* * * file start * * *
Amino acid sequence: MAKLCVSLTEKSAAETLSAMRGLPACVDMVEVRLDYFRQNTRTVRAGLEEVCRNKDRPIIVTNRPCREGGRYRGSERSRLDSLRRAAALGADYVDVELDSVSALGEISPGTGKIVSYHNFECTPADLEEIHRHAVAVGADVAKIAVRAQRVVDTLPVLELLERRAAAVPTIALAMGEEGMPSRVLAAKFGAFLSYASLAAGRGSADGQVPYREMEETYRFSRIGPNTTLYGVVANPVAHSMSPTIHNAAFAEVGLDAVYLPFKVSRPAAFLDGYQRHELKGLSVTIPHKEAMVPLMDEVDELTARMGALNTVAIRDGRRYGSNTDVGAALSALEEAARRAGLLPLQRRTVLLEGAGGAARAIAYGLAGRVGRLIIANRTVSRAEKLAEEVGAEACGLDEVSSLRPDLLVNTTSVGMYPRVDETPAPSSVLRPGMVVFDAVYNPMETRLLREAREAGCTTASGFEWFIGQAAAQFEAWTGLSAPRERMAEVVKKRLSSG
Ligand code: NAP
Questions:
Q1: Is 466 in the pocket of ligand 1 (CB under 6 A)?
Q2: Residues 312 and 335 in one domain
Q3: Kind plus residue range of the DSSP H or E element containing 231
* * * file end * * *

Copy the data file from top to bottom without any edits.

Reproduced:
Amino acid sequence: MAKLCVSLTEKSAAETLSAMRGLPACVDMVEVRLDYFRQNTRTVRAGLEEVCRNKDRPIIVTNRPCREGGRYRGSERSRLDSLRRAAALGADYVDVELDSVSALGEISPGTGKIVSYHNFECTPADLEEIHRHAVAVGADVAKIAVRAQRVVDTLPVLELLERRAAAVPTIALAMGEEGMPSRVLAAKFGAFLSYASLAAGRGSADGQVPYREMEETYRFSRIGPNTTLYGVVANPVAHSMSPTIHNAAFAEVGLDAVYLPFKVSRPAAFLDGYQRHELKGLSVTIPHKEAMVPLMDEVDELTARMGALNTVAIRDGRRYGSNTDVGAALSALEEAARRAGLLPLQRRTVLLEGAGGAARAIAYGLAGRVGRLIIANRTVSRAEKLAEEVGAEACGLDEVSSLRPDLLVNTTSVGMYPRVDETPAPSSVLRPGMVVFDAVYNPMETRLLREAREAGCTTASGFEWFIGQAAAQFEAWTGLSAPRERMAEVVKKRLSSG
Ligand code: NAP
Questions:
Q1: Is 466 in the pocket of ligand 1 (CB under 6 A)?
Q2: Residues 312 and 335 in one domain
Q3: Kind plus residue range of the DSSP H or E element containing 231